30 June. Left Paris for Andelys where they stayed at the Hotel de Grand Cerf; went to see the chateau Gaillard which "is situated at the top of a very high hill . . . It is a fine old ruin, built by Richard Coeur de Lion and named by him his 'saucy castle' as it looks down from such a height on the town beneath".

1 July. Left Andelys, came by train to Rouen where they stayed at the Hotel d'Albion. Went to the cathedral where "the heart of Richard Coeur de Lion was buried but afterwards removed to the Museum.... visited the Tour de la Grosse Horloge where there is a most curious old clock over a handsome Gothic carved archway . . . went to see the statue of Joan of Arc in the Place de la Pucelle which represents her, sword in hand, standing over a drinking fountain".

2-3 July. Went by ship to Havre, put up at the Premier Hotel, where Aunt Fay was also staying. "Aggie, Sissie, and I bathed in the sea before breakfast".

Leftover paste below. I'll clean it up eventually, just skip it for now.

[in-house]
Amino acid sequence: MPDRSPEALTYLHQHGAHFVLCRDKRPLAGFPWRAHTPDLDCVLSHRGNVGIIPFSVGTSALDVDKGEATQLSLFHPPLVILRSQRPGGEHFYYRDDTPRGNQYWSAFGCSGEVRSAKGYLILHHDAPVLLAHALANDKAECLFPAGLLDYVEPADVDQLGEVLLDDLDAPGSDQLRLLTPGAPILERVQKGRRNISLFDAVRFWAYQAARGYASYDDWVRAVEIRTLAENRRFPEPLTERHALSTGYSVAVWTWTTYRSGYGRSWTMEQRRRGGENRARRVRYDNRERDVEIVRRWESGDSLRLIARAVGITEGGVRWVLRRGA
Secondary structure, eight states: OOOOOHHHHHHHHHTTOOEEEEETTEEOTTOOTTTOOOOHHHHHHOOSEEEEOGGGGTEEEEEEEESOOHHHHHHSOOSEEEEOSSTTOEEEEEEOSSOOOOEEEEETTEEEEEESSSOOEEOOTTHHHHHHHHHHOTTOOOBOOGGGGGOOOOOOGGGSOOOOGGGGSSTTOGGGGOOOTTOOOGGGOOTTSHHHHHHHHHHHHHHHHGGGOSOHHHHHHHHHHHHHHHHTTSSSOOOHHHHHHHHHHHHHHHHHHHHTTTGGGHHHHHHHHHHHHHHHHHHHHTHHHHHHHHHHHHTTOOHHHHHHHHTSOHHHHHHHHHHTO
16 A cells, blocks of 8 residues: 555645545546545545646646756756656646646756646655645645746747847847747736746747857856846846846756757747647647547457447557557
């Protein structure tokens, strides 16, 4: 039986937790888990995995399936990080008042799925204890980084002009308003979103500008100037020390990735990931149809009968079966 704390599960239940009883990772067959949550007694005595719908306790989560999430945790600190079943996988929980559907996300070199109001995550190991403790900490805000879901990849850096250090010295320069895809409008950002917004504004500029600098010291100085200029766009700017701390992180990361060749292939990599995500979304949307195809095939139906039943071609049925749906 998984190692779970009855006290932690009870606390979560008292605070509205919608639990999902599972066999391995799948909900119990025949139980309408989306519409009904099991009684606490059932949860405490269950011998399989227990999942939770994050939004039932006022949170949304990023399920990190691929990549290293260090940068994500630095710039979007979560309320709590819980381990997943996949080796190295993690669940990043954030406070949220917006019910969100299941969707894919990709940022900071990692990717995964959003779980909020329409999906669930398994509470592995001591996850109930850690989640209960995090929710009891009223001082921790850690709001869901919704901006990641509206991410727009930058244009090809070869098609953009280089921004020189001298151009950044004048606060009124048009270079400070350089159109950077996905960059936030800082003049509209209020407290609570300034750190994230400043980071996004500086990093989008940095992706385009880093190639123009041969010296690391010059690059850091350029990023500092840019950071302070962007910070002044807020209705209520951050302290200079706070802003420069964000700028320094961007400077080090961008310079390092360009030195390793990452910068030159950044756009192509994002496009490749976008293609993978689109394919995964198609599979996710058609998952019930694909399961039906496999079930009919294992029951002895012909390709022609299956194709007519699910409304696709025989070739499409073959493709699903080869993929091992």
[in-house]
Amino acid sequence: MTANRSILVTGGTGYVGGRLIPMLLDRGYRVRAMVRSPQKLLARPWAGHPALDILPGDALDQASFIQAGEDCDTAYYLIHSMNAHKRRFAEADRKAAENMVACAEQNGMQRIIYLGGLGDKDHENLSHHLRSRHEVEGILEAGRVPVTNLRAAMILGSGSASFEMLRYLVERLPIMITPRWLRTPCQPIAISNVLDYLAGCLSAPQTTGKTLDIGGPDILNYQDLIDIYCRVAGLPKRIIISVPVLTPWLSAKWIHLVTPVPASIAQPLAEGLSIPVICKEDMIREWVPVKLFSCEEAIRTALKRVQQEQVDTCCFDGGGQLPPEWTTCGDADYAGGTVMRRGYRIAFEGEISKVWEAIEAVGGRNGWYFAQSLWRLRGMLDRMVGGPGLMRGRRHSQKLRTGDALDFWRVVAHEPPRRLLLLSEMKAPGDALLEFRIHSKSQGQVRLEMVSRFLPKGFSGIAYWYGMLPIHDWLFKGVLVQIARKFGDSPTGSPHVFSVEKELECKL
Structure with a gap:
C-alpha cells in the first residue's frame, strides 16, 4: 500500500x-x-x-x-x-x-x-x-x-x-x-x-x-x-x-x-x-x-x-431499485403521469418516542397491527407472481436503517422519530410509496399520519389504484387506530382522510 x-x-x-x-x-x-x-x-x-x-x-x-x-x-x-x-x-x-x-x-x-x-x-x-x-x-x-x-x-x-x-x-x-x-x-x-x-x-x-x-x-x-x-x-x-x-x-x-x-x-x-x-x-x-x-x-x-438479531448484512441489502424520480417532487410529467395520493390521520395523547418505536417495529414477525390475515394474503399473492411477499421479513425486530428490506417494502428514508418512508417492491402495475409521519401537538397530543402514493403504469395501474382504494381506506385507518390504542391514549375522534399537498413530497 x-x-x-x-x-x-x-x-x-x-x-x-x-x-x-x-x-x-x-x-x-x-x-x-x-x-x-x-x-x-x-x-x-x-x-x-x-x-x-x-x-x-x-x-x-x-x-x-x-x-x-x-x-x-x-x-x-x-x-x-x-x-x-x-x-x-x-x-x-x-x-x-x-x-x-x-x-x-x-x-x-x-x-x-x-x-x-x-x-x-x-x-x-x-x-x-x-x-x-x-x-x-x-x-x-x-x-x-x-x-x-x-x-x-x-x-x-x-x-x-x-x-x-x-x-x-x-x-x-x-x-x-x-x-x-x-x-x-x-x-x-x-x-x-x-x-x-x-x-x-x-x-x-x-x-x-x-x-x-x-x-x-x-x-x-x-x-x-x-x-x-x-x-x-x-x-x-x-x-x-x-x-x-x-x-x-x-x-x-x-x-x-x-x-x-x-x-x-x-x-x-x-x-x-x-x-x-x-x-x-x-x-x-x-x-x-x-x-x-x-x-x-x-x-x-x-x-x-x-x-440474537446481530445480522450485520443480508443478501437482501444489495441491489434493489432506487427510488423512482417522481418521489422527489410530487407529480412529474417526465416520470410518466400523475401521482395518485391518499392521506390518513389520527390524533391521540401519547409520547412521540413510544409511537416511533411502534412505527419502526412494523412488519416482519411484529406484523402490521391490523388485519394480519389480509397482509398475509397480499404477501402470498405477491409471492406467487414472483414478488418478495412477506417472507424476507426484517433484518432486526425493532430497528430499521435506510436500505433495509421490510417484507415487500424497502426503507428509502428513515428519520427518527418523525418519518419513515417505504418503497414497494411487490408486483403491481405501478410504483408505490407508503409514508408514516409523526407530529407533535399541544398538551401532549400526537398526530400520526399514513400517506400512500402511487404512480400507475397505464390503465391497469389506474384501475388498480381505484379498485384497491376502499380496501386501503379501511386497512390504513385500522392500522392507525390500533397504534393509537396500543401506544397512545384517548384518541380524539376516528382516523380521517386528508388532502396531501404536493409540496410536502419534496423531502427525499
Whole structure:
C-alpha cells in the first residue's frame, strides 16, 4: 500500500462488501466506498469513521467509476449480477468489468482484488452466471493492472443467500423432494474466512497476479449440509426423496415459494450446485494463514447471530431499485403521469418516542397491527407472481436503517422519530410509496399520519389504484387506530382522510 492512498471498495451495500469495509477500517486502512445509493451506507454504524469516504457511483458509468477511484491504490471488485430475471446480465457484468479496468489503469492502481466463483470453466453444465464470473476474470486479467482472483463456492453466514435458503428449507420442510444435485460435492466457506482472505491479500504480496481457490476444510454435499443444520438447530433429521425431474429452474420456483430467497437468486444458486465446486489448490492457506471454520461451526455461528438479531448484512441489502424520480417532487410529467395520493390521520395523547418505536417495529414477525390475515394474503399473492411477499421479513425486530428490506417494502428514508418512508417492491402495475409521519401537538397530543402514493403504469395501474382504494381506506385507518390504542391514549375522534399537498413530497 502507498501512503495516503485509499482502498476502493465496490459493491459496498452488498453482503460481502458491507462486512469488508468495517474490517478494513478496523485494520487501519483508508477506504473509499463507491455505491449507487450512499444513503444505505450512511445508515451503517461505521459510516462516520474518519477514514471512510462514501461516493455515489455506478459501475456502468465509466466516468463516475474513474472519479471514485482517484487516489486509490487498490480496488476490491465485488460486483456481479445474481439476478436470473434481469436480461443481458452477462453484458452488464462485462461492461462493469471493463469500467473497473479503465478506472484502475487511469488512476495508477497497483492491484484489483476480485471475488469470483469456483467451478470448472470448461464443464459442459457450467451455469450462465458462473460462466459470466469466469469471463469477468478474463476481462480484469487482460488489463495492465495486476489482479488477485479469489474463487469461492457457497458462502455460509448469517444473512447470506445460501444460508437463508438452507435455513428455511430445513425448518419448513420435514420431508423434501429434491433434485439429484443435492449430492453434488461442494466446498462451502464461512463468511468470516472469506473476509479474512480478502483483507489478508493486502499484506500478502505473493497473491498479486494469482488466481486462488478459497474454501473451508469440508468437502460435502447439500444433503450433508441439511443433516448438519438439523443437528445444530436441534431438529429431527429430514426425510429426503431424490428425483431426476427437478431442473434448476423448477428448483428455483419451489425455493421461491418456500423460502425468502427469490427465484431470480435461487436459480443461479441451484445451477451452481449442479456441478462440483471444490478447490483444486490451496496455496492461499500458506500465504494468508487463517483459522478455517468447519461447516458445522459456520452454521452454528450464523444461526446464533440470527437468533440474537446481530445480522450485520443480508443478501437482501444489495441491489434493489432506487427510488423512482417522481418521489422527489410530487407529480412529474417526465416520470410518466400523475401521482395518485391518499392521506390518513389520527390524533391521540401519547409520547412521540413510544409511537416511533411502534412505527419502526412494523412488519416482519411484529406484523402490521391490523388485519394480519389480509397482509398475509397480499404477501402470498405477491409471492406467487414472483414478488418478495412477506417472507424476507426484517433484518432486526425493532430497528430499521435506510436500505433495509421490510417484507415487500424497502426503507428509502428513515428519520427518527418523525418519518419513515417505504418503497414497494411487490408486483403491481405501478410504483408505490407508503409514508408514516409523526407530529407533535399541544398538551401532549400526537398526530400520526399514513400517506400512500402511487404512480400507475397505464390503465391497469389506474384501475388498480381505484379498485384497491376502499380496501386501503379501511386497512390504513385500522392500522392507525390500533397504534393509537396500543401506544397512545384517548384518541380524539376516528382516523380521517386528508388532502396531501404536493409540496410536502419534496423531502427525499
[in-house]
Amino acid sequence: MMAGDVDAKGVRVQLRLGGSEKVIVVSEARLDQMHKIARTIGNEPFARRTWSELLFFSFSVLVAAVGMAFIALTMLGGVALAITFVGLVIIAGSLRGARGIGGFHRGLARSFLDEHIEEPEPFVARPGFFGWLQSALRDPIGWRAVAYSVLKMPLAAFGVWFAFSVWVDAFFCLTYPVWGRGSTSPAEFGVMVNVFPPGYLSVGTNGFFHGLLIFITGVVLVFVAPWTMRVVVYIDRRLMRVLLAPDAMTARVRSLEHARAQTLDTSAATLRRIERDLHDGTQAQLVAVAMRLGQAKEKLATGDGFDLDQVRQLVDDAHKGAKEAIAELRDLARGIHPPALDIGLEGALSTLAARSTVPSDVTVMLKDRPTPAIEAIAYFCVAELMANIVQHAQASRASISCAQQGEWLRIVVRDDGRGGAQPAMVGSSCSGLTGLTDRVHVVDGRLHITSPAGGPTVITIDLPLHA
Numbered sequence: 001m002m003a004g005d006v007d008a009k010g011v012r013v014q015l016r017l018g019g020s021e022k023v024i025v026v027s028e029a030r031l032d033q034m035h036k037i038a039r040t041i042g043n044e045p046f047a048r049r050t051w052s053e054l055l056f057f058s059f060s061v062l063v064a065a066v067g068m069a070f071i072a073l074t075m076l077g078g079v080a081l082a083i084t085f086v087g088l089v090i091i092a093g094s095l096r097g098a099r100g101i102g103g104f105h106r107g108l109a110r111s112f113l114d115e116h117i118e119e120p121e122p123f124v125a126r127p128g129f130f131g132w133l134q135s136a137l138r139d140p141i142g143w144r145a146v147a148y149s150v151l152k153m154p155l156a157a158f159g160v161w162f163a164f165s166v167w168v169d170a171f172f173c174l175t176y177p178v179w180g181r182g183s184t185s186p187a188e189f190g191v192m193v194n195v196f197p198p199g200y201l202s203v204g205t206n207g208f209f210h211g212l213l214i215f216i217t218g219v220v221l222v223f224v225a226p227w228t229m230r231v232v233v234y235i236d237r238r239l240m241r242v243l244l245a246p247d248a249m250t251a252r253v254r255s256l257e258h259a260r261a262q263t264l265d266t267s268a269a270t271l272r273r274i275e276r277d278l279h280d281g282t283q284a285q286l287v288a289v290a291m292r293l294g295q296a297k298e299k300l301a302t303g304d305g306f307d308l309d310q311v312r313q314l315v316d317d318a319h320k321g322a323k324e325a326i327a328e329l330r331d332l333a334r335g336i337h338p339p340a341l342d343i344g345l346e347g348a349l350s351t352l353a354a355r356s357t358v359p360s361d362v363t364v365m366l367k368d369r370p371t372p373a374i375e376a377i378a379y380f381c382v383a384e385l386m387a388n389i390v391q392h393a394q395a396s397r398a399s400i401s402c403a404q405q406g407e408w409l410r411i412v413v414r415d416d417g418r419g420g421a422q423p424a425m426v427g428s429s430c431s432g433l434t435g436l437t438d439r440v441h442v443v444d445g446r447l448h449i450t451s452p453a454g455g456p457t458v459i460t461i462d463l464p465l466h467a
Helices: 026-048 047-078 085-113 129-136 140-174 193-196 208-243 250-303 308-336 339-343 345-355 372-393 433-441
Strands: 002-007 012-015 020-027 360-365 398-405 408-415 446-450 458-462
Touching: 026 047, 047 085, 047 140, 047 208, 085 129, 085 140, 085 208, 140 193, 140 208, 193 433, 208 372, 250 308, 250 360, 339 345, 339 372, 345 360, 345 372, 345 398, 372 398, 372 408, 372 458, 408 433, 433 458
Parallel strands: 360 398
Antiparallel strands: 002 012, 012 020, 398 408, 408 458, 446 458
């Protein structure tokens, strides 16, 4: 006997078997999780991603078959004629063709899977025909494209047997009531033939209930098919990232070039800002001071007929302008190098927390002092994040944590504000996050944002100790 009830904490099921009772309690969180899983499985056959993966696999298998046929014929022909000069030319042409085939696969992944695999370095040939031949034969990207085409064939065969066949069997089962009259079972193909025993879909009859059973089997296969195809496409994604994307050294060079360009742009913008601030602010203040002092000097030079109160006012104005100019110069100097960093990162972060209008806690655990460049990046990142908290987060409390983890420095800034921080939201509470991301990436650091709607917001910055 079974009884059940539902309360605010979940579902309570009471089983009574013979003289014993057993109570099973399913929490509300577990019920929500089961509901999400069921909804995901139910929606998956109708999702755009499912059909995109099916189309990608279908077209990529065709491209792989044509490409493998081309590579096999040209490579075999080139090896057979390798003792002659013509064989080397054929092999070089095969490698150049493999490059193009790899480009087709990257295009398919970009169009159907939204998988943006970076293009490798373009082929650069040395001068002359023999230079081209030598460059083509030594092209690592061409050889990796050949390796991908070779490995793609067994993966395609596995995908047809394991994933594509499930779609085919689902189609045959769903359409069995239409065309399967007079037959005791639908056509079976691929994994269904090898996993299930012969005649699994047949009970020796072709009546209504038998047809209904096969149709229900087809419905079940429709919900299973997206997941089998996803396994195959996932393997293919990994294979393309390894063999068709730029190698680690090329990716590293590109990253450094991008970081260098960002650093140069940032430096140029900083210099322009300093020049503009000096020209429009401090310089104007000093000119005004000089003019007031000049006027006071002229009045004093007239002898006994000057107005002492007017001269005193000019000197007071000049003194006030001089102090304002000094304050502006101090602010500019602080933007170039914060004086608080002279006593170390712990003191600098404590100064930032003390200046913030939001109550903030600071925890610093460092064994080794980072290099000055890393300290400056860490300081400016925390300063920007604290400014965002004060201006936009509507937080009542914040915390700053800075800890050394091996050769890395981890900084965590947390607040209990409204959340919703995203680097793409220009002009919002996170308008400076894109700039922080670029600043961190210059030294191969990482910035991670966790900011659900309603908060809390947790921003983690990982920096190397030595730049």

7 July. Left Havre by steamer for Honfleur, went on by train to Lisieux and looked at the town, "we were much pleased with Lisieux and thought it delicieux". Left by train for Caen and stayed at the Hotel d'Angleterre.

8 July. Visited the church of St Etienne built by William the Conqueror and where he was buried; his remains were taken away and destroyed by Hugenots; visited the palace where he lived, now used as a Training College; saw L'Abey aux Dames built by Matilda of Flanders, the Conqueror's wife.

9-10 July. Went to Mans, then on to Tours, and then to Blois where they put up at Hotel d'Angleterre.